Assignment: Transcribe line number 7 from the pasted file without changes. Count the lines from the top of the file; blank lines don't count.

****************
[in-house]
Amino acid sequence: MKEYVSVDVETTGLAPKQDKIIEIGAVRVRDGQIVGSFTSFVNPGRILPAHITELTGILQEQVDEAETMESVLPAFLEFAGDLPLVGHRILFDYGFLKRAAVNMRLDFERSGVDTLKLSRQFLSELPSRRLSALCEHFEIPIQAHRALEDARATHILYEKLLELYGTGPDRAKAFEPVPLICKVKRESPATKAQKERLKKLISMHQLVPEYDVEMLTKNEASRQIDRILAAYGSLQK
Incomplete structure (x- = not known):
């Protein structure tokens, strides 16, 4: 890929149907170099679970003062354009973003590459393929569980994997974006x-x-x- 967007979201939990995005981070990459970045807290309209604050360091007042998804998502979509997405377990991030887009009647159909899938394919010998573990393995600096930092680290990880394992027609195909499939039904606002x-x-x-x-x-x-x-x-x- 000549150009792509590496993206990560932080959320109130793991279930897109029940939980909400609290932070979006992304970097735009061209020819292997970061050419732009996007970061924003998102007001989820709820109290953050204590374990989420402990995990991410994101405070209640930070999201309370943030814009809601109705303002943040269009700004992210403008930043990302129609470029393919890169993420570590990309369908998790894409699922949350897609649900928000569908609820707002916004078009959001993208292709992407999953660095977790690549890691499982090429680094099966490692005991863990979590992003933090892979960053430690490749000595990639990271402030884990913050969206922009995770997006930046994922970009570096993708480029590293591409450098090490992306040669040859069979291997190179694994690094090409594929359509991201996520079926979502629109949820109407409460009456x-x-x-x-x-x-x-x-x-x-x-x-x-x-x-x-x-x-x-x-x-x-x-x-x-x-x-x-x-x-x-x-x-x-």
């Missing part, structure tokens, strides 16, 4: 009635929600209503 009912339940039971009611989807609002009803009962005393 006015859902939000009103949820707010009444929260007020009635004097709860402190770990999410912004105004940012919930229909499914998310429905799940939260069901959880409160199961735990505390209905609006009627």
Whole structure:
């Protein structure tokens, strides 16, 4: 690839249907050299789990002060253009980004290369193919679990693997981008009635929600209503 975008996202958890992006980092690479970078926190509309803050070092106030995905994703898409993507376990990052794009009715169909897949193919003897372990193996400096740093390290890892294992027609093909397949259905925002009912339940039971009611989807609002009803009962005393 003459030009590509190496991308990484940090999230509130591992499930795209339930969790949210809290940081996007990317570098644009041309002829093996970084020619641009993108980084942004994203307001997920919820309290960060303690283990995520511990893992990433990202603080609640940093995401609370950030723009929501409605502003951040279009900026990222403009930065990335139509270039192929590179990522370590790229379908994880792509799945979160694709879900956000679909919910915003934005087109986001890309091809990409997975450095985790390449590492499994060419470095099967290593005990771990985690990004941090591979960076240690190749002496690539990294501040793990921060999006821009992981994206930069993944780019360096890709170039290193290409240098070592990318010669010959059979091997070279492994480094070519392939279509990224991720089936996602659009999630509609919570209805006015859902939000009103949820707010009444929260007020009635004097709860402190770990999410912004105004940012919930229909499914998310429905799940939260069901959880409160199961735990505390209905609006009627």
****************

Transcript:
């Protein structure tokens, strides 16, 4: 690839249907050299789990002060253009980004290369193919679990693997981008009635929600209503 975008996202958890992006980092690479970078926190509309803050070092106030995905994703898409993507376990990052794009009715169909897949193919003897372990193996400096740093390290890892294992027609093909397949259905925002009912339940039971009611989807609002009803009962005393 003459030009590509190496991308990484940090999230509130591992499930795209339930969790949210809290940081996007990317570098644009041309002829093996970084020619641009993108980084942004994203307001997920919820309290960060303690283990995520511990893992990433990202603080609640940093995401609370950030723009929501409605502003951040279009900026990222403009930065990335139509270039192929590179990522370590790229379908994880792509799945979160694709879900956000679909919910915003934005087109986001890309091809990409997975450095985790390449590492499994060419470095099967290593005990771990985690990004941090591979960076240690190749002496690539990294501040793990921060999006821009992981994206930069993944780019360096890709170039290193290409240098070592990318010669010959059979091997070279492994480094070519392939279509990224991720089936996602659009999630509609919570209805006015859902939000009103949820707010009444929260007020009635004097709860402190770990999410912004105004940012919930229909499914998310429905799940939260069901959880409160199961735990505390209905609006009627």